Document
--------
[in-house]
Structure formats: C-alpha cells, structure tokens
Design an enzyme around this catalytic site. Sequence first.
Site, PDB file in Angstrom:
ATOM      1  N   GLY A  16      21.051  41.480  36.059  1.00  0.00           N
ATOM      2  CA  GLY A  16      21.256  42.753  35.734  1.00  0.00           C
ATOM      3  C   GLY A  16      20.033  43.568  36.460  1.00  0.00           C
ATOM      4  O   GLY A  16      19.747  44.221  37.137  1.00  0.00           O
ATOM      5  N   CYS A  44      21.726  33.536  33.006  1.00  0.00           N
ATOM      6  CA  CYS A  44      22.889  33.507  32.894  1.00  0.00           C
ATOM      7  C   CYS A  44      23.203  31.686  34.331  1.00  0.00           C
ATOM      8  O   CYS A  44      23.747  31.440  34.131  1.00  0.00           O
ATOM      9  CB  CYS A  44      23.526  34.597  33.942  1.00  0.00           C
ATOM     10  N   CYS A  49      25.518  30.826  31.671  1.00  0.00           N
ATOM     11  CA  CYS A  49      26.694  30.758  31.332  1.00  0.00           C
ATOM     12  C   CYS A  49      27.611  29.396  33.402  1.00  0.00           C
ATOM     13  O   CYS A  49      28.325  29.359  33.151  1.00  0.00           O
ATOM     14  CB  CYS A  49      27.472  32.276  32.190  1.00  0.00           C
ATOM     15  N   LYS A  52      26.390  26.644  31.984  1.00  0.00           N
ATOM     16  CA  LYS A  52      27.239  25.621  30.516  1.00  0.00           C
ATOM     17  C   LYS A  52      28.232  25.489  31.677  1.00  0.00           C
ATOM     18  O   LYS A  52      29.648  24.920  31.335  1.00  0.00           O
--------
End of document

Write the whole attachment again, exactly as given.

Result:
[in-house]
Structure formats: C-alpha cells, structure tokens
Design an enzyme around this catalytic site. Sequence first.
Site, PDB file in Angstrom:
ATOM      1  N   GLY A  16      21.051  41.480  36.059  1.00  0.00           N
ATOM      2  CA  GLY A  16      21.256  42.753  35.734  1.00  0.00           C
ATOM      3  C   GLY A  16      20.033  43.568  36.460  1.00  0.00           C
ATOM      4  O   GLY A  16      19.747  44.221  37.137  1.00  0.00           O
ATOM      5  N   CYS A  44      21.726  33.536  33.006  1.00  0.00           N
ATOM      6  CA  CYS A  44      22.889  33.507  32.894  1.00  0.00           C
ATOM      7  C   CYS A  44      23.203  31.686  34.331  1.00  0.00           C
ATOM      8  O   CYS A  44      23.747  31.440  34.131  1.00  0.00           O
ATOM      9  CB  CYS A  44      23.526  34.597  33.942  1.00  0.00           C
ATOM     10  N   CYS A  49      25.518  30.826  31.671  1.00  0.00           N
ATOM     11  CA  CYS A  49      26.694  30.758  31.332  1.00  0.00           C
ATOM     12  C   CYS A  49      27.611  29.396  33.402  1.00  0.00           C
ATOM     13  O   CYS A  49      28.325  29.359  33.151  1.00  0.00           O
ATOM     14  CB  CYS A  49      27.472  32.276  32.190  1.00  0.00           C
ATOM     15  N   LYS A  52      26.390  26.644  31.984  1.00  0.00           N
ATOM     16  CA  LYS A  52      27.239  25.621  30.516  1.00  0.00           C
ATOM     17  C   LYS A  52      28.232  25.489  31.677  1.00  0.00           C
ATOM     18  O   LYS A  52      29.648  24.920  31.335  1.00  0.00           O